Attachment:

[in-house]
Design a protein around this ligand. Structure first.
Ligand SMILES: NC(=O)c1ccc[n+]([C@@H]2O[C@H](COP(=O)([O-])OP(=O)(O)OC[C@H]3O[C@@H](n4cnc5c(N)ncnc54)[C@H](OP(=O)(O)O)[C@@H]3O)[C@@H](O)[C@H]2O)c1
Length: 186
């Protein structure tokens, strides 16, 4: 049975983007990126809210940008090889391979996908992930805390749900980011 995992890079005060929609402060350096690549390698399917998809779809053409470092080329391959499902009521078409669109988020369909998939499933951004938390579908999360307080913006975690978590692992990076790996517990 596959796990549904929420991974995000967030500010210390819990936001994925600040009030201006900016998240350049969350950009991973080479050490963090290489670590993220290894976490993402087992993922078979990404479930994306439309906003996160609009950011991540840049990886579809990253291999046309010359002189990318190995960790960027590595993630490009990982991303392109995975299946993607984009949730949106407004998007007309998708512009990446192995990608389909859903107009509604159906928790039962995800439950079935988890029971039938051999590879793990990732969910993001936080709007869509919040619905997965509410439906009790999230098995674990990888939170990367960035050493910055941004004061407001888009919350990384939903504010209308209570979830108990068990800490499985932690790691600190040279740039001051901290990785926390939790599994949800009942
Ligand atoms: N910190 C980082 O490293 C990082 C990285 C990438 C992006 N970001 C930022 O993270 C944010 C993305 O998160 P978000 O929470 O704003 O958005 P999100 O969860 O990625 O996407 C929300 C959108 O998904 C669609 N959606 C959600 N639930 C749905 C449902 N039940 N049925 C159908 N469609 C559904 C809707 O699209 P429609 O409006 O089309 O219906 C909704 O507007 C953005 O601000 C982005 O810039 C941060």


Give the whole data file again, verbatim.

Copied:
[in-house]
Design a protein around this ligand. Structure first.
Ligand SMILES: NC(=O)c1ccc[n+]([C@@H]2O[C@H](COP(=O)([O-])OP(=O)(O)OC[C@H]3O[C@@H](n4cnc5c(N)ncnc54)[C@H](OP(=O)(O)O)[C@@H]3O)[C@@H](O)[C@H]2O)c1
Length: 186
């Protein structure tokens, strides 16, 4: 049975983007990126809210940008090889391979996908992930805390749900980011 995992890079005060929609402060350096690549390698399917998809779809053409470092080329391959499902009521078409669109988020369909998939499933951004938390579908999360307080913006975690978590692992990076790996517990 596959796990549904929420991974995000967030500010210390819990936001994925600040009030201006900016998240350049969350950009991973080479050490963090290489670590993220290894976490993402087992993922078979990404479930994306439309906003996160609009950011991540840049990886579809990253291999046309010359002189990318190995960790960027590595993630490009990982991303392109995975299946993607984009949730949106407004998007007309998708512009990446192995990608389909859903107009509604159906928790039962995800439950079935988890029971039938051999590879793990990732969910993001936080709007869509919040619905997965509410439906009790999230098995674990990888939170990367960035050493910055941004004061407001888009919350990384939903504010209308209570979830108990068990800490499985932690790691600190040279740039001051901290990785926390939790599994949800009942
Ligand atoms: N910190 C980082 O490293 C990082 C990285 C990438 C992006 N970001 C930022 O993270 C944010 C993305 O998160 P978000 O929470 O704003 O958005 P999100 O969860 O990625 O996407 C929300 C959108 O998904 C669609 N959606 C959600 N639930 C749905 C449902 N039940 N049925 C159908 N469609 C559904 C809707 O699209 P429609 O409006 O089309 O219906 C909704 O507007 C953005 O601000 C982005 O810039 C941060």